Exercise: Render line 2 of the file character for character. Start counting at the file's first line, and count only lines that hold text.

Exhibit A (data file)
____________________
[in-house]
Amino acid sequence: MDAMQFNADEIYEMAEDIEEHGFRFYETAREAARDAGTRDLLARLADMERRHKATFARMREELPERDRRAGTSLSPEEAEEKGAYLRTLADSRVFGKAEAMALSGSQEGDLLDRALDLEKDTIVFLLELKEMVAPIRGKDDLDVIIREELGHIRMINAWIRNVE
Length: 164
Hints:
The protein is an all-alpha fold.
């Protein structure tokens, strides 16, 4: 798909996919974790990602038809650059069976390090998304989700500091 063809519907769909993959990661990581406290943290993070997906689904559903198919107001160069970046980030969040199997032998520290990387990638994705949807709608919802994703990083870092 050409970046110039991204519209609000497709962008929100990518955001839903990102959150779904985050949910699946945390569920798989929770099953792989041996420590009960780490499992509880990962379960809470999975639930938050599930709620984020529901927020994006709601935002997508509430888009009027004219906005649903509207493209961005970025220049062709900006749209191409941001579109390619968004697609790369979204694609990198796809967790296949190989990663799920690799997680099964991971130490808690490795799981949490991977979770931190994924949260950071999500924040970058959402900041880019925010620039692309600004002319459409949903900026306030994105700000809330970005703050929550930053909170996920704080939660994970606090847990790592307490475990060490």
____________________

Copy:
Amino acid sequence: MDAMQFNADEIYEMAEDIEEHGFRFYETAREAARDAGTRDLLARLADMERRHKATFARMREELPERDRRAGTSLSPEEAEEKGAYLRTLADSRVFGKAEAMALSGSQEGDLLDRALDLEKDTIVFLLELKEMVAPIRGKDDLDVIIREELGHIRMINAWIRNVE